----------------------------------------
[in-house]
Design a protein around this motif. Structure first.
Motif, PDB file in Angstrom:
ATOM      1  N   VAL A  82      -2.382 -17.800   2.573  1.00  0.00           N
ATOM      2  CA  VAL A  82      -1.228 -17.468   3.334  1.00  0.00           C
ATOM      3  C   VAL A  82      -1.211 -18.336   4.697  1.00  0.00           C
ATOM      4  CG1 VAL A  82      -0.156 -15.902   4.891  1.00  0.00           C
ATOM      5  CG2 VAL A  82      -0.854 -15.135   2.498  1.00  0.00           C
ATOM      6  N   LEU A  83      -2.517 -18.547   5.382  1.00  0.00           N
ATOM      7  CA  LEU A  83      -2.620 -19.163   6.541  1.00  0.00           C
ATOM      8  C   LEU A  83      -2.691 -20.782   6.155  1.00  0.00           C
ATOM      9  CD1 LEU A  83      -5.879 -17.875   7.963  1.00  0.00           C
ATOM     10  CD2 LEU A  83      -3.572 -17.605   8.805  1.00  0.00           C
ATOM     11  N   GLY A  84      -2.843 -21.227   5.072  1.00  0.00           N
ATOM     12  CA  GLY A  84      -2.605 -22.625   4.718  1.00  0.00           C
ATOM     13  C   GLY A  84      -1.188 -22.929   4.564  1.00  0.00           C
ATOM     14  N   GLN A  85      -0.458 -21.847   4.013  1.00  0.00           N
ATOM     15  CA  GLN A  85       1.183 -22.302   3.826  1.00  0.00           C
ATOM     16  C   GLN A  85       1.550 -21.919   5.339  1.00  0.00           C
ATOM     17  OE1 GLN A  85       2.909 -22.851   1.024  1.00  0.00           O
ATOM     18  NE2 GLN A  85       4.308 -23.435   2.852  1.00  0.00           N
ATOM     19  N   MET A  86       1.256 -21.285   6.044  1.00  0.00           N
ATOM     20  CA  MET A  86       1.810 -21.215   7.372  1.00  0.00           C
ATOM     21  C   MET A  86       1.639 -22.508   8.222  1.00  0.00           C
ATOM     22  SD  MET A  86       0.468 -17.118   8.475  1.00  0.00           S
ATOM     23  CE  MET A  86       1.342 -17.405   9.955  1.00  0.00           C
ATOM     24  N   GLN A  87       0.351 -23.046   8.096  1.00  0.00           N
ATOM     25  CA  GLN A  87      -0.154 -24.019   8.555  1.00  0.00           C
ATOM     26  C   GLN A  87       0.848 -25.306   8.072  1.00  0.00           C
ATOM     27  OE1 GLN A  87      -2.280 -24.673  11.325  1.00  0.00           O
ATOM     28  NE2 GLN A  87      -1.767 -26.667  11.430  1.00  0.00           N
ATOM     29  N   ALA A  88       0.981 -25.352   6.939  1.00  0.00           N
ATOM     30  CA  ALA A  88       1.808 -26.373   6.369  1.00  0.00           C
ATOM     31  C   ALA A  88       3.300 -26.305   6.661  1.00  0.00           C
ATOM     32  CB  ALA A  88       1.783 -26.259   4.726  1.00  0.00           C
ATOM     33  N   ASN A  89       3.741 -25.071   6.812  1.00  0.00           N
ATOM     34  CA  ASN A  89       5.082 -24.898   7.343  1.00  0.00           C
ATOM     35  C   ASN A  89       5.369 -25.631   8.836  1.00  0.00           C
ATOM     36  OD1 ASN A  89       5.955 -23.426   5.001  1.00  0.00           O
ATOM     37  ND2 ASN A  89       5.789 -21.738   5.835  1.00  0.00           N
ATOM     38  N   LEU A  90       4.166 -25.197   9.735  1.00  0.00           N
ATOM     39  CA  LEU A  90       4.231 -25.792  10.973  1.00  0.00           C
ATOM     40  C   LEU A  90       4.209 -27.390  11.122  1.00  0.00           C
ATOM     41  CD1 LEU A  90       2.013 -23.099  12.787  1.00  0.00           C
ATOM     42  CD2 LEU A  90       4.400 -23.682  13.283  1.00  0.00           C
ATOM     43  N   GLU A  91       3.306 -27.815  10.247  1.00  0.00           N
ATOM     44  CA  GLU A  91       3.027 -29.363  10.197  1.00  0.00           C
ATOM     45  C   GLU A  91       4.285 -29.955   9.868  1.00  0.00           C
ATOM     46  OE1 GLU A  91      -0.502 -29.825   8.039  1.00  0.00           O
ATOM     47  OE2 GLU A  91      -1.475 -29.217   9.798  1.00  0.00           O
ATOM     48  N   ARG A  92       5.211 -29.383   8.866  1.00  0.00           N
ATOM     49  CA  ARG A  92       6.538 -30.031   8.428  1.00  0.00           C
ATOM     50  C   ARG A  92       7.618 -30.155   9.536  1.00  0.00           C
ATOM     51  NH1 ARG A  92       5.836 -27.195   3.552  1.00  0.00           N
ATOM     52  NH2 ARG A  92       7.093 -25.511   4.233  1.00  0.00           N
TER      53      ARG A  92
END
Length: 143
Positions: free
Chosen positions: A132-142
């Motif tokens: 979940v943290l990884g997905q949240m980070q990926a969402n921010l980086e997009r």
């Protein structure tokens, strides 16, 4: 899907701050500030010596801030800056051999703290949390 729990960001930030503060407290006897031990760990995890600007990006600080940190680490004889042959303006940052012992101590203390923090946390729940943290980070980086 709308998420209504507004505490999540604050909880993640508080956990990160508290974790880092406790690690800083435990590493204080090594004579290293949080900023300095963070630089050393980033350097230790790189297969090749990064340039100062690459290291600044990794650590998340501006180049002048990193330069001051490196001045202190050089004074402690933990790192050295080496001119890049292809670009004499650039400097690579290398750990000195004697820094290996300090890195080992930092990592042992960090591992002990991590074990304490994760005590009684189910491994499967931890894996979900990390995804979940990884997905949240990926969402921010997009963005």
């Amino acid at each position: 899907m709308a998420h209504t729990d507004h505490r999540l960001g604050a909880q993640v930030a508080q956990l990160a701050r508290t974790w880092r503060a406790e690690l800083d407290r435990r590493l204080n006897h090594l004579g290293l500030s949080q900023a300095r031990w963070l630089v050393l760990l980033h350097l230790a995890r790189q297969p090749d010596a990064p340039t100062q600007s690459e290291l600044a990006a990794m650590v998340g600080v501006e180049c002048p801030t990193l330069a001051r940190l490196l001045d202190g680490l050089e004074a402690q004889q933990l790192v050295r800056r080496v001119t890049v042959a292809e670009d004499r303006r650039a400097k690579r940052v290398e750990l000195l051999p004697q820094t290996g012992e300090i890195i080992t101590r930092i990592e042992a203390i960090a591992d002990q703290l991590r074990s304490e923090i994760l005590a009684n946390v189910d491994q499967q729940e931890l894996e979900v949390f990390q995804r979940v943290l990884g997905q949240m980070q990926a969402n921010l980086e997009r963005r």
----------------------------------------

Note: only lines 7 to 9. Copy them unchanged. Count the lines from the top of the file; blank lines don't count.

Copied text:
ATOM      4  CG1 VAL A  82      -0.156 -15.902   4.891  1.00  0.00           C
ATOM      5  CG2 VAL A  82      -0.854 -15.135   2.498  1.00  0.00           C
ATOM      6  N   LEU A  83      -2.517 -18.547   5.382  1.00  0.00           N